Politico – “The U.S. Constitution is famously short—a mere 7,591 words, including its 27 amendments. That makes it all the more remarkable that 110 of those words have been, in effect, lost to the ages. These forgotten words form Section 2 of the 14th Amendment, which was designed to guard against the infringement of voting rights. The lost provision is simple: States that deny their citizens the right to vote will have reduced representation in the House of Representatives. I bet you’ve never heard of that part of our founding document. That’s because, throughout U.S. history, legal ambiguities and confusion over implementation authorities have kept this provision from realizing its potential. But there are ways to put it to work right now. And there’s no better time. From widespread closure of polling locations and expanding imposition of voter identification laws to escalating purges of voter rolls, assaults on the right to vote nationwide illustrate that we need these lost words back, urgently. The 14th Amendment is divided into five sections, all aimed at protecting civil rights in the wake of the Civil War and the abolition of slavery. Section 2 states:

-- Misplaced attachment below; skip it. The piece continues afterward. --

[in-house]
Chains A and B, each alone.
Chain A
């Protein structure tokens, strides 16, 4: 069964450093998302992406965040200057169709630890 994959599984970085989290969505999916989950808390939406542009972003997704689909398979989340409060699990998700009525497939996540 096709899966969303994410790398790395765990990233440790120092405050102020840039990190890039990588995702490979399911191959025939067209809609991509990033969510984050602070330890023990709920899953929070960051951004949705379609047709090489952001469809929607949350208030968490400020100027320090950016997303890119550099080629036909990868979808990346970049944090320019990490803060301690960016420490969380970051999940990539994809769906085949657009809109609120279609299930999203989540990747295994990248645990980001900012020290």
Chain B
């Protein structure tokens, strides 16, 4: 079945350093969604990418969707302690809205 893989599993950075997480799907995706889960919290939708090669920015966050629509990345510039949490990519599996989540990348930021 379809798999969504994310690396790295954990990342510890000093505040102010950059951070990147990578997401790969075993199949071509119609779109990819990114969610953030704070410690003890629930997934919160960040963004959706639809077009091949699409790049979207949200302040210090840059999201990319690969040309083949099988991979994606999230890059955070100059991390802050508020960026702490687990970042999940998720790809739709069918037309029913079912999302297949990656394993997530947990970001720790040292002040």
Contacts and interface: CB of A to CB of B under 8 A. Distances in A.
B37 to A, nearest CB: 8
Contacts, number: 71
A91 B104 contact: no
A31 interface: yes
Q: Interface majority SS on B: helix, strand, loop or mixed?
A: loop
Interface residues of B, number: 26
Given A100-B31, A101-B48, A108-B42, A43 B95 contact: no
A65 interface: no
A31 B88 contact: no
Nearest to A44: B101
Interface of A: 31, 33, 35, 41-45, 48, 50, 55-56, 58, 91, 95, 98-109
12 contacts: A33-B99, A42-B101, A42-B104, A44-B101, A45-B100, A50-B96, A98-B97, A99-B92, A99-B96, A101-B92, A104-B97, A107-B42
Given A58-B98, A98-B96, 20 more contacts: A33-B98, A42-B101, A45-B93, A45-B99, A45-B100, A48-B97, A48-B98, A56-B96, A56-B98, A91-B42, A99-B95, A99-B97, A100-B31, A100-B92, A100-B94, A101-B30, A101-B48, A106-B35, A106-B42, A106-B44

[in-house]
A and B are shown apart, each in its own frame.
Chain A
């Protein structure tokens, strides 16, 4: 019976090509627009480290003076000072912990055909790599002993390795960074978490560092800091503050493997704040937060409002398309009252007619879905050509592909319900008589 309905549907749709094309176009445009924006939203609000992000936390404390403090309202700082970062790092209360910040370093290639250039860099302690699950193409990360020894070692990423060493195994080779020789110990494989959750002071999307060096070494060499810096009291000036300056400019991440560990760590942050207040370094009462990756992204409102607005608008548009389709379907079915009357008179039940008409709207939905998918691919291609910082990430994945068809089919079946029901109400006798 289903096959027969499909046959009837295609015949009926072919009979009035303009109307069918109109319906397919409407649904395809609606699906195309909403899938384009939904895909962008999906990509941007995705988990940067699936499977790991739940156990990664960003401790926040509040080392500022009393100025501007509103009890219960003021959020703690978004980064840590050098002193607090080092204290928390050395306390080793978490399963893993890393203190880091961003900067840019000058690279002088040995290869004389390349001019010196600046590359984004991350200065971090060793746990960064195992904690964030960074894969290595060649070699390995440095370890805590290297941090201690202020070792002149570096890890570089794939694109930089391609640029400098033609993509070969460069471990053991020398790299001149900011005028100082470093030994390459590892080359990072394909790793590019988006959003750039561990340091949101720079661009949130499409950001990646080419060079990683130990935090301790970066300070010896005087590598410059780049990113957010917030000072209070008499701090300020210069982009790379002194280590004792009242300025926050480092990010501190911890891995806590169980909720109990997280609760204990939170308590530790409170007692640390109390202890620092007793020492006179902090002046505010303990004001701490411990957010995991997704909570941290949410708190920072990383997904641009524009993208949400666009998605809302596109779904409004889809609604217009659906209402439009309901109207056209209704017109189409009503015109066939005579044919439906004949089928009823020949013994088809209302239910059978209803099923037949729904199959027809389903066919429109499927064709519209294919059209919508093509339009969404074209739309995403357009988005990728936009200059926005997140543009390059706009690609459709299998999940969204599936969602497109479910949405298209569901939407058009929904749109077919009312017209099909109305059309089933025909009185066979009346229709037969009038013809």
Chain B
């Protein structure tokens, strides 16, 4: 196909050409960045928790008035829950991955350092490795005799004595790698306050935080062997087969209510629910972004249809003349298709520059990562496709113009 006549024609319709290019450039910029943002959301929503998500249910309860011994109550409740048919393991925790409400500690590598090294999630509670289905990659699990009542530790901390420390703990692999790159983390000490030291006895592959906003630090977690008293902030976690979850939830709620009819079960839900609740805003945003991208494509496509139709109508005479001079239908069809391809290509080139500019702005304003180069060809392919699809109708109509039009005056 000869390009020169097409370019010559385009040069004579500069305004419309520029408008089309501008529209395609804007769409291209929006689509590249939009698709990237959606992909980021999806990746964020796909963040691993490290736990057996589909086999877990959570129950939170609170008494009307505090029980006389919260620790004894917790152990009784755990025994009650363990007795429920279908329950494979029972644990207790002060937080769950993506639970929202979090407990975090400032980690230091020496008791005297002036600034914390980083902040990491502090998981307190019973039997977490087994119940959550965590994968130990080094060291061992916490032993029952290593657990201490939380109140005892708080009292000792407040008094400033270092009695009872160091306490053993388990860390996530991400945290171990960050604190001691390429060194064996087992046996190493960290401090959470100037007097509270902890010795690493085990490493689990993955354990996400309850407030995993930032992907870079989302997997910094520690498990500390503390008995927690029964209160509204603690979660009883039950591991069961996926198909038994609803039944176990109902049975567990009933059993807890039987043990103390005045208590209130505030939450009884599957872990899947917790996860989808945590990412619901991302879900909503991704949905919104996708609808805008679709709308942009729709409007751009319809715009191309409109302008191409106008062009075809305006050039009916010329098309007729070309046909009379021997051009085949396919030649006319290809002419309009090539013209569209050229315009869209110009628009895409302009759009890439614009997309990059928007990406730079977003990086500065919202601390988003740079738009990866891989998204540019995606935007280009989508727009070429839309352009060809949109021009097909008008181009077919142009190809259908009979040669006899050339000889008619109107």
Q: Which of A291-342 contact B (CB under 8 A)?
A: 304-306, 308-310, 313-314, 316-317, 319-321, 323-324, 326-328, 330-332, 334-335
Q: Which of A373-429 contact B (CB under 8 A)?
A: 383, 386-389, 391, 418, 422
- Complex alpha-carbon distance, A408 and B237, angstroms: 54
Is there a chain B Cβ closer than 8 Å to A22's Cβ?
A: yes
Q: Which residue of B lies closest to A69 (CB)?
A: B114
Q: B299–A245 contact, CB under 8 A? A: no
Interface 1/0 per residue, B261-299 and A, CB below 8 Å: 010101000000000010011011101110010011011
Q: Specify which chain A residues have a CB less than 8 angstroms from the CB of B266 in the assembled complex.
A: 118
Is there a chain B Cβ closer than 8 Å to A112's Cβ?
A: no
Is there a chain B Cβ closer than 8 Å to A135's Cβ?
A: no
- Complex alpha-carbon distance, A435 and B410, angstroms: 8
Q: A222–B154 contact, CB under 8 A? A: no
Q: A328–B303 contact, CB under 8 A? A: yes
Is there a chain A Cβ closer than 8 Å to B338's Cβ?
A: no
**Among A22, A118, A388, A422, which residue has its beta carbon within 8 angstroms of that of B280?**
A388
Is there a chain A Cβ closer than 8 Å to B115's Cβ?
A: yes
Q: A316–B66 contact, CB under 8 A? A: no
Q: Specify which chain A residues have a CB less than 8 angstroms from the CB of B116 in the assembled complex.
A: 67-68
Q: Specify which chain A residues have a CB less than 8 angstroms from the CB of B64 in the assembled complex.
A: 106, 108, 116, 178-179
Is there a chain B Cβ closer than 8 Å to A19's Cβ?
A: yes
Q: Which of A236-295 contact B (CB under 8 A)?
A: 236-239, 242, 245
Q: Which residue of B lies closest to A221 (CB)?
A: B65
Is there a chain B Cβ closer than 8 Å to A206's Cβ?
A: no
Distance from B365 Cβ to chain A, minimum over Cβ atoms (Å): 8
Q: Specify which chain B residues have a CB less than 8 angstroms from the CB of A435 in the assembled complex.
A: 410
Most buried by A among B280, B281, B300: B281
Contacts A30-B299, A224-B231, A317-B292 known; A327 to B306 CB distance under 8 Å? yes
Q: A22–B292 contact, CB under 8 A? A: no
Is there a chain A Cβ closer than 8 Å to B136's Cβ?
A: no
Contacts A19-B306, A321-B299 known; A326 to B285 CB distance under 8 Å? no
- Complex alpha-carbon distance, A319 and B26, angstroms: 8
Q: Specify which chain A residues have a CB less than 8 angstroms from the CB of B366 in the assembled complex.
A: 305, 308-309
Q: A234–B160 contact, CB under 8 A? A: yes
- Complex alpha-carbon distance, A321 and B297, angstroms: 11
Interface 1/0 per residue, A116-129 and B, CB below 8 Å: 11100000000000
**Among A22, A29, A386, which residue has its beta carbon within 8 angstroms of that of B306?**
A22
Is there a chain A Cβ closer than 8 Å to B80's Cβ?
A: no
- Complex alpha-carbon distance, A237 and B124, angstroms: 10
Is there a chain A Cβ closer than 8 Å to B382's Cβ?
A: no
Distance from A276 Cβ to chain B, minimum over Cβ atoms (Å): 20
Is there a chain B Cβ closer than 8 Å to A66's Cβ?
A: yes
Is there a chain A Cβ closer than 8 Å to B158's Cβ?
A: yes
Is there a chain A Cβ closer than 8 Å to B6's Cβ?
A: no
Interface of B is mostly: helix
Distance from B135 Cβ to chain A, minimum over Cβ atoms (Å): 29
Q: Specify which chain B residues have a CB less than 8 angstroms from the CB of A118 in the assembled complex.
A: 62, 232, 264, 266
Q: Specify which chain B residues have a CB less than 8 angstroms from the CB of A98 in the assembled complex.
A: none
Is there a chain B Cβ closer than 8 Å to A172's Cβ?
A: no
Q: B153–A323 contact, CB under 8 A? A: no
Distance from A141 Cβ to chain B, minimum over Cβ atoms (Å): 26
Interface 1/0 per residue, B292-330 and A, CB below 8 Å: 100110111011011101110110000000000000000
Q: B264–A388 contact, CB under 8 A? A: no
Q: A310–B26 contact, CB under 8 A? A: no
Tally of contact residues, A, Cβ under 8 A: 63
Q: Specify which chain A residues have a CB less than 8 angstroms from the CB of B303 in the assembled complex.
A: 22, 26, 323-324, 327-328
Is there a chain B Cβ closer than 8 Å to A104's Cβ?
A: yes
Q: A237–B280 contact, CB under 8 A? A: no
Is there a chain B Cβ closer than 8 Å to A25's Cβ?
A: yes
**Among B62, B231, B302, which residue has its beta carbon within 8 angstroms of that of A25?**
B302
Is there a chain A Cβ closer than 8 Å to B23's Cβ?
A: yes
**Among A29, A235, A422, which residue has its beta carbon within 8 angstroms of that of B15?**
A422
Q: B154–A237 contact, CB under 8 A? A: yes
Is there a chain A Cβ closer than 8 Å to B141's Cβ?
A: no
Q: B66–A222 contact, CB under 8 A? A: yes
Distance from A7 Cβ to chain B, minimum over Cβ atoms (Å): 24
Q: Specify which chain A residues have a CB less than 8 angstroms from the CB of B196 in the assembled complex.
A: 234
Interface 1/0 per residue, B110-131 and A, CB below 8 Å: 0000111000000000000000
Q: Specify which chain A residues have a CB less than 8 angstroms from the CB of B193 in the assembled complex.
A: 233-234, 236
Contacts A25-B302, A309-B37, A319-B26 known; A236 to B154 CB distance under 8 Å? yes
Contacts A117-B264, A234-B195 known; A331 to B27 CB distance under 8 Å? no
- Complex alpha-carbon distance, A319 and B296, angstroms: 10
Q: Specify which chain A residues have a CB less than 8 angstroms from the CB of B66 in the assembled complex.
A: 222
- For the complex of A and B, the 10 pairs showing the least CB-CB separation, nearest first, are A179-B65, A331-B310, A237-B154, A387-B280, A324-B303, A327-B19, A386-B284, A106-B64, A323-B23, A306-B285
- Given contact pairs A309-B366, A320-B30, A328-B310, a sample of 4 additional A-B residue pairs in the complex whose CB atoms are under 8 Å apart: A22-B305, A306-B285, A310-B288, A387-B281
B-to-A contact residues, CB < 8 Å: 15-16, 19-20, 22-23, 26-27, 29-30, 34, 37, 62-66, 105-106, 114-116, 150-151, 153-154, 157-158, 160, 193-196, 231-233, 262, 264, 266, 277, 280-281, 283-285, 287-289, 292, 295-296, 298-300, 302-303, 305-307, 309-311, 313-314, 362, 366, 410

Representatives shall be apportioned among the several States according to their respective numbers, counting the whole number of persons in each State, excluding Indians not taxed. But when the right to vote at any election for the choice of electors for President and Vice President of the United States, Representatives in Congress, the Executive and Judicial officers of a State, or the members of the Legislature thereof, is denied to any of the male inhabitants of such State, being twenty-one years of age, and citizens of the United States, or in any way abridged, except for participation in rebellion, or other crime, the basis of representation therein shall be reduced in the proportion which the number of such male citizens shall bear to the whole number of male citizens twenty-one years of age in such State.